The “anomaly” of the Orbit is that apart from being a great public sculpture, a pioneering piece of engineering, an observation tower and a tool for urban regeneration, it is also an advertisement of its sponsor. Essentially the Orbit is a billboard disguised as a gigantic red steel lattice. It is a great marketing strategy as no other company’s banner or billboard will have a more prominent or visible position during or even after the London’s Olympics.

Back in the 90s the size of the water feature outside a company’s granite clad headquarters would define its status. Nowadays it seems like the uber status symbol for a company of ArcelorMittal’s caliber is to install an 114,5 m height public sculpture in London’s townscape…


Can a Building Ever Be as Sexy as a Pair of Louboutins ?

Christian Louboutin opens his first ever UK retrospective today at the Design Museum in London. Although his global success and contribution to fashion is indubitable, it is his inspiring creative process that the retrospective focuses on. Deyan Sudjic, the museum’s director, describes him as “a consummate craftsman with an extraordinary eye for detail. A creative force of nature”.

At yesterday’s press conference, Louboutin explained that one of the difficulties of the exhibition was that the shoes were necessarily seen as objects rather than being viewed worn. Louboutin said that his designs start from a sketch but they are “never complete until the moment of seeing them on someone’s foot”. Nevertheless, his designs are so sexy and have become so iconic that they don’t even have to be worn to be “complete”. In our fetishistic culture, where images frequently substitute reality, a photo of a pair of Louboutins can be as sexy as someone wearing the red soled shoes.

Louboutin’s designs are indeed too sexy to have to serve a function or be practical but what about contemporary architectural designs, which must almost dogmatically follow function, can they ever be sexy? Can the design term “sexy”, which is so often used by architecture academics mainly to grab their audience’s attention, ever be accurately used for buildings?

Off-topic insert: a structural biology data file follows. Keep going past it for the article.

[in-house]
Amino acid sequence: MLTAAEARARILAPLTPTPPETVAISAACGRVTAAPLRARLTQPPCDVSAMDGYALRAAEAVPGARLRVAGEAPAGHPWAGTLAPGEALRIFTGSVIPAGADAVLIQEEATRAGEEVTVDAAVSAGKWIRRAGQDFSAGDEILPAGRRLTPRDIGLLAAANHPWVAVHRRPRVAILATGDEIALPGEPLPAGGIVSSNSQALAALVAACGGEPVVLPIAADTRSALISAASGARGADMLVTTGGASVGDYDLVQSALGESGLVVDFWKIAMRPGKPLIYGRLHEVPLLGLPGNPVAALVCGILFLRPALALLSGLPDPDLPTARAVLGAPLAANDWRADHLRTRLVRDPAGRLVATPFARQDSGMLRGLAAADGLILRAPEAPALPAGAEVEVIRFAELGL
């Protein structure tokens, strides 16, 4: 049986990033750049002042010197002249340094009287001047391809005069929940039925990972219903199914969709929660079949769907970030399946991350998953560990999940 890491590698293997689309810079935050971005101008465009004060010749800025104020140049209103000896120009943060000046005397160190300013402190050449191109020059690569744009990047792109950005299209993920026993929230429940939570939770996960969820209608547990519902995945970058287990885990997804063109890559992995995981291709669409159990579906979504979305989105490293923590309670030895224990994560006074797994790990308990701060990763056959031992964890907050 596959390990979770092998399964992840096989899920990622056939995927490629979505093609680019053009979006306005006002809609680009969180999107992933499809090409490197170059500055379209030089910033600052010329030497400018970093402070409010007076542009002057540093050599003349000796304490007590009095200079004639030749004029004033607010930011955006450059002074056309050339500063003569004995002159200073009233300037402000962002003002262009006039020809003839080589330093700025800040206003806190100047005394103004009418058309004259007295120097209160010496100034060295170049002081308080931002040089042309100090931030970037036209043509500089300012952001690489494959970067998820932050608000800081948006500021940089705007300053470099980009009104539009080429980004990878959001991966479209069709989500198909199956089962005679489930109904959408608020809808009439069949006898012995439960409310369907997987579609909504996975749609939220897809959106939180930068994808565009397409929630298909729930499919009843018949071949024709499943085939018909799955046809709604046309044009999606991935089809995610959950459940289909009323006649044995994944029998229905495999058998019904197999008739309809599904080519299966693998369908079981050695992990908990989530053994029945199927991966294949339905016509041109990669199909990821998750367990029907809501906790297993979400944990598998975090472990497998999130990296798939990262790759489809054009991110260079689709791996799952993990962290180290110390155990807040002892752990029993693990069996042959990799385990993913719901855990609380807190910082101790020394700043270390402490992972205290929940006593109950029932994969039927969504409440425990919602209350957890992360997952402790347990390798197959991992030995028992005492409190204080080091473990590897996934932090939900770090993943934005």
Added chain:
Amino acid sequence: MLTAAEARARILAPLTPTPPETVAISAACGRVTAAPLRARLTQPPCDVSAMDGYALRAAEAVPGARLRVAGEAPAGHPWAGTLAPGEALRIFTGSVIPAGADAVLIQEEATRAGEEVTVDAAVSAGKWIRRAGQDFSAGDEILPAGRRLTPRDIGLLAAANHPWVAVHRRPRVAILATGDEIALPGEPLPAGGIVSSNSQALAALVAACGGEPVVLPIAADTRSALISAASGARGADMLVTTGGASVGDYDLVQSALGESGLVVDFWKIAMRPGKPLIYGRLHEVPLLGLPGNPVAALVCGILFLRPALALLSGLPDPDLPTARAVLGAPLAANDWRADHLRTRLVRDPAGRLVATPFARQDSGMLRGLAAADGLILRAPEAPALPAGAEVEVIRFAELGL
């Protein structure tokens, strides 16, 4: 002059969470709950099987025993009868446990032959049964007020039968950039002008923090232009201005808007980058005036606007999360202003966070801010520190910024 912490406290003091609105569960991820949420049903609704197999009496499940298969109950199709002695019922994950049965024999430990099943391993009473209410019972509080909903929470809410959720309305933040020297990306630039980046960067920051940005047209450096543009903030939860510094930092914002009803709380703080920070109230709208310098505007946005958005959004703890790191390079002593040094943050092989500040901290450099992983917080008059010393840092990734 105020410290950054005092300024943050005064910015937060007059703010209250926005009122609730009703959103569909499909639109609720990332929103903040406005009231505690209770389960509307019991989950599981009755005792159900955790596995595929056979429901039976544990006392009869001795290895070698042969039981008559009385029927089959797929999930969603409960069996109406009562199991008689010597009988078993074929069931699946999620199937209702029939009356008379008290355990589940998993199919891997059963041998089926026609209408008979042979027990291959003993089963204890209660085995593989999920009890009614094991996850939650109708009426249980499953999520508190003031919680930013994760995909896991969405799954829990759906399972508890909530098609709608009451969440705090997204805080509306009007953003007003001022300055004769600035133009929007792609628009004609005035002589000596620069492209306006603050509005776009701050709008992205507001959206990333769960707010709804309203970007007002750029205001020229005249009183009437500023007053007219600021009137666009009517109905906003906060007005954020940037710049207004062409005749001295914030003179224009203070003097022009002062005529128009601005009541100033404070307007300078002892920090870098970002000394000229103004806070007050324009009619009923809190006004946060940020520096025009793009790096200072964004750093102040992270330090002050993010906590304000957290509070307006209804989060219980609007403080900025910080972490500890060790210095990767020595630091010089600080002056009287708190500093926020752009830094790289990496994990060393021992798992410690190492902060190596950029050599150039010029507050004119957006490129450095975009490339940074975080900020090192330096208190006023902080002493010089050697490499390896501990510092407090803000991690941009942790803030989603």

Sexiness is ultimately related to gender and for a building to be sexy it must incorporate an abstract notion of gender. Traditionally female buildings are thought of as excessively decorated and curvy, whereas male buildings are more minimal and angular. Yet buildings that can clearly be attributed a gender are rarely sexy -it is too farfetched to suggest that the Gherkin is sexy even though it has a huge phallic shape.

Good examples of contemporary architecture that arouse our senses tend not have an apparent gender and that is the exact reason why architecture can be flashy, seductive and exiting to the senses but not sexy per se…

image via: businessinsider

image via: fasionextras

Putting the Room on the Woman

image via: decobook

It is widely accepted that architecture and fashion are interrelated in numerous ways. Fashion designers such as Issae Miyaki, Comme des Garçons and Yohji Yamamoto have been inspired by architecture and created avant-garde collections, which challenged the ideas of fashion, femininity and beauty. Their “architectural” collections are masculine and minimalist as they are usually lacking any decorative elements. Their unconventionality is primarily attributed to the form and structure of the clothes.

Contrary, Mary Katrantzou’s colourful collections are fundamentally defined by her graphics, which are digitally printed onto the fabrics. She uses trompe l’oeil effects that make parts of her prints look very realistic. The way that everyday objects such as a lampshade or a typewriter are juxtaposed with abstract shapes, unveils a sense of order and a well hidden symmetry, which could be attributed to Katrantzou’s architectural academic background.

Katrantzou has been inspired by images of old issues of the Architectural Digest and the World of Interiors magazines. Her visually spectacular collections do not challenge the ideas of femininity and beauty. Katrantzou challenges content and context. She has created dresses that have prints of room interiors, imposing the context on her clothes. As Katrantzou says, she wishes “to put the room on the woman rather than the woman in the room”.

Her collections point towards what architecture should be more occupied with: provoking its content and context. Hopefully architects will be inspired by this fashion designer and challenge content and context as playfully as Katrantzou does.

image via: exshoesme

image via: exshoesme

image via: exshoesme

image via: fivefivefabulous